Disclosure: Netflix has provided me with products and services in exchange for participation in their #StreamTeam program.
A few weeks ago I attended a workshop on HOW to have a conversation on your community about race relations. The conversation was interesting and I felt inspired to do something but what that something was…dunno. As I let a few ideas begin and then end I happened to chat with my friend Dresden who suggested I use movies as a way to spark a conversation. This month the StreamTeam members are sharing posts about “Friendsgiving” and after that conversation with Dresden, I did a search and found some movies to share with friends to start a conversation about race and share my experience as a Black woman.
Please note, I am sharing MY experience. I do not presume to speak for anyone else but myself.
Explore the biases, anxiety and frustration of black students, and examine the social divide and interracial conflict that exist within black schools.
I was still in high school when this movie came out and at the time I looked at it as a movie about college. It’s so much more! Class, skin color, perceptions. Sadly, I can still hear some of the same things being discussed with my teens and despite the plea at the end of the movie to “Wake Up” there is still so much to work through.
Which leads me to
This fascinating and controversial film that goes underneath the surface to explore the prejudices dark-skinned women face throughout the world. It explores the roots of classism, racism and the lack of self-esteem within a segment of cultures.
I have written about my daughter’s experience with colorism and when the post went live I had a few people share that they had no idea this was a thing. It’s a difficult documentary to watch; but imagine if this was your every day experience?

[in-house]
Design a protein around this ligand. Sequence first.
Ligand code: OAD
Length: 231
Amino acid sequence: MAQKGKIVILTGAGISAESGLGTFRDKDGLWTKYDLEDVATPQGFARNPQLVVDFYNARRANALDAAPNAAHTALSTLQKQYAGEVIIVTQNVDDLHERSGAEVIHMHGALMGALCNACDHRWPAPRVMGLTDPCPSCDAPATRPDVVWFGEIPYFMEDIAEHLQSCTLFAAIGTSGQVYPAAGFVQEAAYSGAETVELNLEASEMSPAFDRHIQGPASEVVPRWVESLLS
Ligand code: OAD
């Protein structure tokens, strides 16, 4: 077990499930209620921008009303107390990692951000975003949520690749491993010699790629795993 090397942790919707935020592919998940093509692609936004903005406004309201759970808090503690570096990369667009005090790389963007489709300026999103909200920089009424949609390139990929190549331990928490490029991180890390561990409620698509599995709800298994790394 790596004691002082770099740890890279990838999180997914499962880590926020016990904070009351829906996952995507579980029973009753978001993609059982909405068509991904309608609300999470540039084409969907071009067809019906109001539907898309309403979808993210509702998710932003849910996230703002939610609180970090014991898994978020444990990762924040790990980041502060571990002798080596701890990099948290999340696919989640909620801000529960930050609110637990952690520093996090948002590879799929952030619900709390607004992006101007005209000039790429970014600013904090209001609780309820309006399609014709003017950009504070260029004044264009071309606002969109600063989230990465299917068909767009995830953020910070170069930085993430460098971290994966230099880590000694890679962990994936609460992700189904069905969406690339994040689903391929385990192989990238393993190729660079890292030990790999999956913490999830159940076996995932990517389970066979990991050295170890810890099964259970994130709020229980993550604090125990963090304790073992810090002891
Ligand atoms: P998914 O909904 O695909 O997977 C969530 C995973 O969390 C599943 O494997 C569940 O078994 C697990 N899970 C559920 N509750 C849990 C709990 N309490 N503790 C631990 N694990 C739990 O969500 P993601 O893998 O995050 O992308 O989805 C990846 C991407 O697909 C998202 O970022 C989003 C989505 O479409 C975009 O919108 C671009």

This satirical series follows the socially conscious misadventures of Huey Freeman, a smart 10-year-old who relocates from Chicago to the suburbs.
A lot of what Aaron Macgruder shared was buried under the controversy that surrounded The Boondocks but I squirm, laugh and nod my head in agreement with this cartoon. Sometimes it feels as if “our secrets are being aired” but other times I feel like these “secrets” help open discussion.
For struggling novelist Lee Plenty, the only thing sorrier than his career is his love life — but things start to look up at a friend’s party.
Growing up, everybody was like my family…we struggled and made it the best way we could. When I got to high school it blew my mind to meet people so unlike myself, people a little better off, who did all of those things that I saw wealthy people do and …they…were…BLACK. Whoa! And when I got to college…yo! There were people from such diverse backgrounds and experiences. Some times I felt like such a fish out of water but others, it was such an interesting experience to be so alike and so different but still be able to relate.
Boyz n the Hood
A South Central Los Angeles high schooler struggles to please his father and to stay straight in a community polluted by drugs, violence and racism.
I was never a boy nor tempted by the hood but before my family moved from Philly to the burbs, my neighborhood was a den of atrocities. There were way too many casualties due to drugs and violence and 1991 was a year in which I questioned what it meant to be a Black woman, what I was a capable of and a life that seemed like both fiction and scary reality.
The Bernie Mac Show
Bernie Mac stars in this sitcom as a stand-up comedian who agrees to look after his nieces and nephew when his sister goes into drug rehab.
In an age where your mama’s methods of child rearing may not the status quo, Bernie Mac put into words the struggles I was having a new mom. I want the best for The Bee and here was someone who was making all of my missteps, and taking all of my doubts and worries and making it comedy. Towards the end the show strayed way far from what I was going through but I loved and laughed watching every minute of Bernie’s struggles with his nieces and nephew.
Other suggestions (also known as movies added to my cue to check out later!)
Yelling to the Sky
Zoë Kravitz plays a conflicted teen struggling to reconcile her dreams with the realities of her violent surroundings.
Two African-American academics travel to a small Southern town to impersonate bank robbers as a way of examining the role of race.
When a high-school football coach befriends a developmentally disabled man, his subsequent growth inspires the townsfolk to think differently.
Experiencing growing pains while they’re on summer vacation, three inner-city teenage girls with hectic schedules make life-changing decisions.
African Americans: Many Rivers to Cross
Harvard scholar Henry Louis Gates Jr. recounts African-American history in full, exploring a range of cultural, religious and social perspectives.
Please share…what other movies would you add?
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